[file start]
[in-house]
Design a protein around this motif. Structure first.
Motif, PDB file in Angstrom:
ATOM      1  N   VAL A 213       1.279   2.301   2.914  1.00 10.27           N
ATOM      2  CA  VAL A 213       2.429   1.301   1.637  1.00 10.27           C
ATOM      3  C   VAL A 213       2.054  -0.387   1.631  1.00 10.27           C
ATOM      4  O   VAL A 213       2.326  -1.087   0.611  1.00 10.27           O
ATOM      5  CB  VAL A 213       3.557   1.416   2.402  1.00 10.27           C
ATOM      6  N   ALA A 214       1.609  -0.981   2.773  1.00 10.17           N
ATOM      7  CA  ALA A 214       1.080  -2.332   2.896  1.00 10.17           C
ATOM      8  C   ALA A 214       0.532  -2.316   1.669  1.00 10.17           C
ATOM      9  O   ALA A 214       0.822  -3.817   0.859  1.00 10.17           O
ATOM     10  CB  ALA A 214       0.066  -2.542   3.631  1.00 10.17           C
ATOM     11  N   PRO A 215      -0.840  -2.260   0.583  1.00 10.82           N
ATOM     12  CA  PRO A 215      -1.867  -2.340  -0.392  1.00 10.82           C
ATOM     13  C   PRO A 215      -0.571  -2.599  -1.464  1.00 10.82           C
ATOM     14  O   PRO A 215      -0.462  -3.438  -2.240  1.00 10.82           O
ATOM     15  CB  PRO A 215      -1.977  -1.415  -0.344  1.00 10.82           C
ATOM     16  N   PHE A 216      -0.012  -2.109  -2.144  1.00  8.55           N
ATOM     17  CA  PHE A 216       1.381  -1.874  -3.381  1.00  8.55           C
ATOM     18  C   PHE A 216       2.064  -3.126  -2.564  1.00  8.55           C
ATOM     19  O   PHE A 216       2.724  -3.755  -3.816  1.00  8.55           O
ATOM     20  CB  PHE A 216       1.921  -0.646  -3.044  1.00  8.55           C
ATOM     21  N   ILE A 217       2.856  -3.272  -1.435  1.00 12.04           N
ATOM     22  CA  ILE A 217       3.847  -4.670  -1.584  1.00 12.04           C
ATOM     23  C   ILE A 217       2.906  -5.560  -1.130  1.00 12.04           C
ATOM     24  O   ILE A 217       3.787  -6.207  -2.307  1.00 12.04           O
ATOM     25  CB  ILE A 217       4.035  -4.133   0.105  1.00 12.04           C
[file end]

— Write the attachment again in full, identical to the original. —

[in-house]
Design a protein around this motif. Structure first.
Motif, PDB file in Angstrom:
ATOM      1  N   VAL A 213       1.279   2.301   2.914  1.00 10.27           N
ATOM      2  CA  VAL A 213       2.429   1.301   1.637  1.00 10.27           C
ATOM      3  C   VAL A 213       2.054  -0.387   1.631  1.00 10.27           C
ATOM      4  O   VAL A 213       2.326  -1.087   0.611  1.00 10.27           O
ATOM      5  CB  VAL A 213       3.557   1.416   2.402  1.00 10.27           C
ATOM      6  N   ALA A 214       1.609  -0.981   2.773  1.00 10.17           N
ATOM      7  CA  ALA A 214       1.080  -2.332   2.896  1.00 10.17           C
ATOM      8  C   ALA A 214       0.532  -2.316   1.669  1.00 10.17           C
ATOM      9  O   ALA A 214       0.822  -3.817   0.859  1.00 10.17           O
ATOM     10  CB  ALA A 214       0.066  -2.542   3.631  1.00 10.17           C
ATOM     11  N   PRO A 215      -0.840  -2.260   0.583  1.00 10.82           N
ATOM     12  CA  PRO A 215      -1.867  -2.340  -0.392  1.00 10.82           C
ATOM     13  C   PRO A 215      -0.571  -2.599  -1.464  1.00 10.82           C
ATOM     14  O   PRO A 215      -0.462  -3.438  -2.240  1.00 10.82           O
ATOM     15  CB  PRO A 215      -1.977  -1.415  -0.344  1.00 10.82           C
ATOM     16  N   PHE A 216      -0.012  -2.109  -2.144  1.00  8.55           N
ATOM     17  CA  PHE A 216       1.381  -1.874  -3.381  1.00  8.55           C
ATOM     18  C   PHE A 216       2.064  -3.126  -2.564  1.00  8.55           C
ATOM     19  O   PHE A 216       2.724  -3.755  -3.816  1.00  8.55           O
ATOM     20  CB  PHE A 216       1.921  -0.646  -3.044  1.00  8.55           C
ATOM     21  N   ILE A 217       2.856  -3.272  -1.435  1.00 12.04           N
ATOM     22  CA  ILE A 217       3.847  -4.670  -1.584  1.00 12.04           C
ATOM     23  C   ILE A 217       2.906  -5.560  -1.130  1.00 12.04           C
ATOM     24  O   ILE A 217       3.787  -6.207  -2.307  1.00 12.04           O
ATOM     25  CB  ILE A 217       4.035  -4.133   0.105  1.00 12.04           C